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Old 21-03-2016, 19:08   #593
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Re: Yacht type choice - Cultural differences?

Quote:
The difference of the average size of pleasure boats between US ad Germany (the only European country I have data) explains why there is a much bigger market in Europe regarding pleasure boats of some size (yachts) than on the US even if US have a bigger number of pleasure boats (smaller boats).

On the US only 7% of the pleasure boats (all types) are bigger than 26ft.

In Germany 75% of all pleasure boats (all types) have more than 25ft.

It has nothing to do with a preference for a particular type of boat, being it sailboat, motorboat (or big game fishing), it has to do with the average size of boats and therefore giving the huge difference in average size it seems clear to me that Europeans are much more in Yachting than Americans and that is what explains the huge difference of the size of the yacht markets between the two regions.
Pollux, you must consider that there is a huge number of boats in America that are not coastally located. We have a vast interior, riddled with rivers and lakes. These bodies of water are not suitable for large vessels whether sail or power, an are populated by smaller vessels in great number. I believe that this skews the numbers that you are quoting. If you were able to sift out only the boats with oceanic or Great Lake access, the size ratios would be very different.

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Old 21-03-2016, 19:13   #594
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Re: Yacht type choice - Cultural differences?

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Originally Posted by lifeofreilly57 View Post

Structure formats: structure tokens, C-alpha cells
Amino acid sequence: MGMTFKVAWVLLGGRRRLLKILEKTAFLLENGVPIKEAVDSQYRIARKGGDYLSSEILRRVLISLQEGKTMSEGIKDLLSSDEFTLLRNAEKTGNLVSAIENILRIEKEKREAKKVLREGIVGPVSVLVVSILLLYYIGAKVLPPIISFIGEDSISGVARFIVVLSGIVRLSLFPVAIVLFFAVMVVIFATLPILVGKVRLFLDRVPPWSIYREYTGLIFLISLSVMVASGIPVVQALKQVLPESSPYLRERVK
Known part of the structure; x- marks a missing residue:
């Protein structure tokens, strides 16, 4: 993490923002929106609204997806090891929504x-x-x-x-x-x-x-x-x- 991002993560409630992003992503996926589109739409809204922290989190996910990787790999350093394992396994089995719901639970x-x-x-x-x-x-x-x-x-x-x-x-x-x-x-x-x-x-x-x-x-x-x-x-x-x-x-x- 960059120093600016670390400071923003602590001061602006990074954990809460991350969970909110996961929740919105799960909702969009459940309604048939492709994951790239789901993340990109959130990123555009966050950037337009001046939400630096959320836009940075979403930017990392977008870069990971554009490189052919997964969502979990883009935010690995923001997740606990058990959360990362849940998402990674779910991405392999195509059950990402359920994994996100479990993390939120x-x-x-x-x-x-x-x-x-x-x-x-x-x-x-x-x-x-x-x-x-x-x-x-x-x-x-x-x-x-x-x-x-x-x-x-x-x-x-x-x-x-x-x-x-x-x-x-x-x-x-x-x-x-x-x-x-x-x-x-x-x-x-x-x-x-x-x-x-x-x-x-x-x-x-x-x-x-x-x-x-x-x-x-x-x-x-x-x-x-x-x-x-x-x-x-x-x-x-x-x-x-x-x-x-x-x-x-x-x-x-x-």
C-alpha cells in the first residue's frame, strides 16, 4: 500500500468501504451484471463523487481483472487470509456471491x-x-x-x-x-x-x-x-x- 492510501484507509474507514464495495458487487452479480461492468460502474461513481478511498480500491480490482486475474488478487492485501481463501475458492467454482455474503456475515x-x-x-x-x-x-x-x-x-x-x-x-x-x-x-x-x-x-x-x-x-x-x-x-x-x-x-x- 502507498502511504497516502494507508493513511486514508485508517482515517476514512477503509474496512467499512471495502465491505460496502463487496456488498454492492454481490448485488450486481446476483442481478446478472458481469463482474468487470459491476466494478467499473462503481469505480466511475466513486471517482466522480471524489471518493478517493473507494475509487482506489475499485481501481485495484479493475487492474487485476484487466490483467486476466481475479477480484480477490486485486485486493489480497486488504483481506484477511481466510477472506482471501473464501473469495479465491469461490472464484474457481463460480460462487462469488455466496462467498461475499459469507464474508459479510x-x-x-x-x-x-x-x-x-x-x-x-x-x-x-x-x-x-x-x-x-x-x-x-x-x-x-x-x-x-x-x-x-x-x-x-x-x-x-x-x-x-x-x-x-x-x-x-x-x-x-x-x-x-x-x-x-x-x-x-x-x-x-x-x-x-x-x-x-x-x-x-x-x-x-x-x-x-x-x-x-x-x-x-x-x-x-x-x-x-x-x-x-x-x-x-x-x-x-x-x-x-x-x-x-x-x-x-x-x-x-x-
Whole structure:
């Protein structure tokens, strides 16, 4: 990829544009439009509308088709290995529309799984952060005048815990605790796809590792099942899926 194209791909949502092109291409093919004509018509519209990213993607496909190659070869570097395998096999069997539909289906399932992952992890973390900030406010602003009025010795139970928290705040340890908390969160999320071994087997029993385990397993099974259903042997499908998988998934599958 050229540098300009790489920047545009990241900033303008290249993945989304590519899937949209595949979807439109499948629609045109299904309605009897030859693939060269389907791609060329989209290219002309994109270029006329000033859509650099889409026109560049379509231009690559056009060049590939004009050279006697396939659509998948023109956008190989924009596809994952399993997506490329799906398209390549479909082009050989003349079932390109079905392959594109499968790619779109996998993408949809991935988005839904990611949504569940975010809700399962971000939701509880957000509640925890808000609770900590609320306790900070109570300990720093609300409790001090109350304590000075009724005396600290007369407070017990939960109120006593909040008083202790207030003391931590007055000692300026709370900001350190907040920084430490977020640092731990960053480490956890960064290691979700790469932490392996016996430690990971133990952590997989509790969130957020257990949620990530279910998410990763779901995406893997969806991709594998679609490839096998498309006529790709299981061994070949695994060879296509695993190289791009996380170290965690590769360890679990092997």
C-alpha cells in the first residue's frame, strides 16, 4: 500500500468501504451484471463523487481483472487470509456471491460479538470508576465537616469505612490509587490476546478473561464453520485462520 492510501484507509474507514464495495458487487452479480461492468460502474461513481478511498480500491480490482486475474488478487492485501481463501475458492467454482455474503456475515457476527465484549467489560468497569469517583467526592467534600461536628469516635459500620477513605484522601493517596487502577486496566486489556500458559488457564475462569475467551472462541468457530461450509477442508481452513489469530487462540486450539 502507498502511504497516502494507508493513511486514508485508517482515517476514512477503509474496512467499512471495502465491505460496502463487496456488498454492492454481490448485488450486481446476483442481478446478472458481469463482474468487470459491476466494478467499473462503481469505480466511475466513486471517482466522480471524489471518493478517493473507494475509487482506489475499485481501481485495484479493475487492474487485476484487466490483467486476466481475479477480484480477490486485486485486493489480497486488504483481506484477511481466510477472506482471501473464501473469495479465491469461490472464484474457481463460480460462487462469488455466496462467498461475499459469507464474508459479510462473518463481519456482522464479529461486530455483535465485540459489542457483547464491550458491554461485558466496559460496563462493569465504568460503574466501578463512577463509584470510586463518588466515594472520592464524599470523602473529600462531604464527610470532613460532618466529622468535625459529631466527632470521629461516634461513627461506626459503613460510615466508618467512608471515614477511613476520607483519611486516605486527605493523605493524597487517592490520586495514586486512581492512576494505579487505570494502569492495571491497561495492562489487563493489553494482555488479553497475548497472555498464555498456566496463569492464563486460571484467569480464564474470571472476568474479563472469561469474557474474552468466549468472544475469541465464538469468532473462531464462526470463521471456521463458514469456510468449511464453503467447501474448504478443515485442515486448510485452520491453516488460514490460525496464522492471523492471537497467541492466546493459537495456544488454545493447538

...
Does the European boating population have the same demographic shift in the sailing population we're seeing here in the states? I'd appreciate feedback from any of our friends on the other side of the pond.
Hows that? Did I ramble enough in this one?
This has already been said not by me but by a quote from somebody from Jboats. Saying it again in another way:

What I think it is different is the number of youngsters doing serious racing (including dinghies), also offshore racing. That is not a new thing and particularly regarding solo racing it is something that come from several decades ago.

When those kids grow old and have money for a proper boat they don't want a slow old design but something that gives them pleasure sailing, while cruising.

I believe also that the several decades of solo racing and the boats that were used for that helped also to change the way modern sailboats were looked and contributed for a much faster acceptance of more lighter and modern designs adapted to faster sailing and cruising:

If 70 guys can cross solo the Atlantic speeding on 24ft very light boats, most of the time on autopilot, with a minimum of accidents, than a similar type of hull, but much bigger and slightly heavier (proportionally) is certainly a very safe boat, an easy boat to sail ( also on autopilot) and a fast one.

And from that reasoning and a known reality comes a much faster acceptance of the modern designs NAs (the same that designed those solo boats) were proposing as cruising boats, than if you knew nothing about all that racing scene (that is going on for decades).
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Old 21-03-2016, 19:37   #595
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Re: Yacht type choice - Cultural differences?

Up until now I've owned mostly Racer/Cruisers, so I can definitely identify with that theory, I enjoyed the performance and sailing characteristics of those boats. The family cruiser we currently have is considered a performance cruiser, a heavyweight performance cruiser but still a performance cruiser, it definitely has more traditional looks above the water line though. Looking at it from above the waterline you'd think it was probably a full keel or modified full keel but it's basically a modified fin keel (longer) with a skeg hung rudder. I'm actually surprised at the performance it has upwind, but it's definitely happier and much faster off the wind while still stable in a following sea.